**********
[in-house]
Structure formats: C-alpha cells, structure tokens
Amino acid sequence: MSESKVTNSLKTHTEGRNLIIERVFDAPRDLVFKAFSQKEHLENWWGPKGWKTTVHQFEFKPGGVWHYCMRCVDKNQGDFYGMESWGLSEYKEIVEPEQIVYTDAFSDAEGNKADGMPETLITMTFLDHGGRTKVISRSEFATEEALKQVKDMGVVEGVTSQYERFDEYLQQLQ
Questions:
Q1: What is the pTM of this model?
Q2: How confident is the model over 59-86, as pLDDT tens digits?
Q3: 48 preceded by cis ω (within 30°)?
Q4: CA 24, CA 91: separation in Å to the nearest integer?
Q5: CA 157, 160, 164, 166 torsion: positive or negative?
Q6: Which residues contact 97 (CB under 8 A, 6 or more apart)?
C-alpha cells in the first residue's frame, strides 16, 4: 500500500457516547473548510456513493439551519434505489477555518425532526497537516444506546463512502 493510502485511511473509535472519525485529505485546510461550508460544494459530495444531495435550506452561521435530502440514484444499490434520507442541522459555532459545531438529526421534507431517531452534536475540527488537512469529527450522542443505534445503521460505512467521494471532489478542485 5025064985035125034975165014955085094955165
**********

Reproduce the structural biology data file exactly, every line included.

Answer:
[in-house]
Structure formats: C-alpha cells, structure tokens
Amino acid sequence: MSESKVTNSLKTHTEGRNLIIERVFDAPRDLVFKAFSQKEHLENWWGPKGWKTTVHQFEFKPGGVWHYCMRCVDKNQGDFYGMESWGLSEYKEIVEPEQIVYTDAFSDAEGNKADGMPETLITMTFLDHGGRTKVISRSEFATEEALKQVKDMGVVEGVTSQYERFDEYLQQLQ
Questions:
Q1: What is the pTM of this model?
Q2: How confident is the model over 59-86, as pLDDT tens digits?
Q3: 48 preceded by cis ω (within 30°)?
Q4: CA 24, CA 91: separation in Å to the nearest integer?
Q5: CA 157, 160, 164, 166 torsion: positive or negative?
Q6: Which residues contact 97 (CB under 8 A, 6 or more apart)?
C-alpha cells in the first residue's frame, strides 16, 4: 500500500457516547473548510456513493439551519434505489477555518425532526497537516444506546463512502 493510502485511511473509535472519525485529505485546510461550508460544494459530495444531495435550506452561521435530502440514484444499490434520507442541522459555532459545531438529526421534507431517531452534536475540527488537512469529527450522542443505534445503521460505512467521494471532489478542485 5025064985035125034975165014955085094955165